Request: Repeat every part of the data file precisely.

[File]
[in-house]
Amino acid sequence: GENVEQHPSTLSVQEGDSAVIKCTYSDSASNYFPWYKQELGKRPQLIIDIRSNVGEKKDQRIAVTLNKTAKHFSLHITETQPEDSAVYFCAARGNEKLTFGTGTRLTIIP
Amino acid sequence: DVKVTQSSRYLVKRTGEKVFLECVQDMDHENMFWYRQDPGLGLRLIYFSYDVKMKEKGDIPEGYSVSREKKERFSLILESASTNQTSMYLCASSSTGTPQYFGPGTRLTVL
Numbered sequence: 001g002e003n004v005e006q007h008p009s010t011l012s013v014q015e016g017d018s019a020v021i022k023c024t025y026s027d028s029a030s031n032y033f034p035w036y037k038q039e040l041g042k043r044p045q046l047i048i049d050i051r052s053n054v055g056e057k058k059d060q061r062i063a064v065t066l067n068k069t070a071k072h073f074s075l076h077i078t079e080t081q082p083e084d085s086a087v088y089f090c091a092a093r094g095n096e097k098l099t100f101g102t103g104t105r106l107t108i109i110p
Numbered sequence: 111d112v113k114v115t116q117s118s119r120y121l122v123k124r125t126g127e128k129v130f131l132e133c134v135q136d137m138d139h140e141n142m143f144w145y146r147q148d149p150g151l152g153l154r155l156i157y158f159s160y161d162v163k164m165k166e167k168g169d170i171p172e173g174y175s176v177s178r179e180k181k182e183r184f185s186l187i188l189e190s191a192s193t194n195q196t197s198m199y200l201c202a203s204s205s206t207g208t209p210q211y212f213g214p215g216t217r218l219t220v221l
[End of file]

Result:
[in-house]
Amino acid sequence: GENVEQHPSTLSVQEGDSAVIKCTYSDSASNYFPWYKQELGKRPQLIIDIRSNVGEKKDQRIAVTLNKTAKHFSLHITETQPEDSAVYFCAARGNEKLTFGTGTRLTIIP
Amino acid sequence: DVKVTQSSRYLVKRTGEKVFLECVQDMDHENMFWYRQDPGLGLRLIYFSYDVKMKEKGDIPEGYSVSREKKERFSLILESASTNQTSMYLCASSSTGTPQYFGPGTRLTVL
Numbered sequence: 001g002e003n004v005e006q007h008p009s010t011l012s013v014q015e016g017d018s019a020v021i022k023c024t025y026s027d028s029a030s031n032y033f034p035w036y037k038q039e040l041g042k043r044p045q046l047i048i049d050i051r052s053n054v055g056e057k058k059d060q061r062i063a064v065t066l067n068k069t070a071k072h073f074s075l076h077i078t079e080t081q082p083e084d085s086a087v088y089f090c091a092a093r094g095n096e097k098l099t100f101g102t103g104t105r106l107t108i109i110p
Numbered sequence: 111d112v113k114v115t116q117s118s119r120y121l122v123k124r125t126g127e128k129v130f131l132e133c134v135q136d137m138d139h140e141n142m143f144w145y146r147q148d149p150g151l152g153l154r155l156i157y158f159s160y161d162v163k164m165k166e167k168g169d170i171p172e173g174y175s176v177s178r179e180k181k182e183r184f185s186l187i188l189e190s191a192s193t194n195q196t197s198m199y200l201c202a203s204s205s206t207g208t209p210q211y212f213g214p215g216t217r218l219t220v221l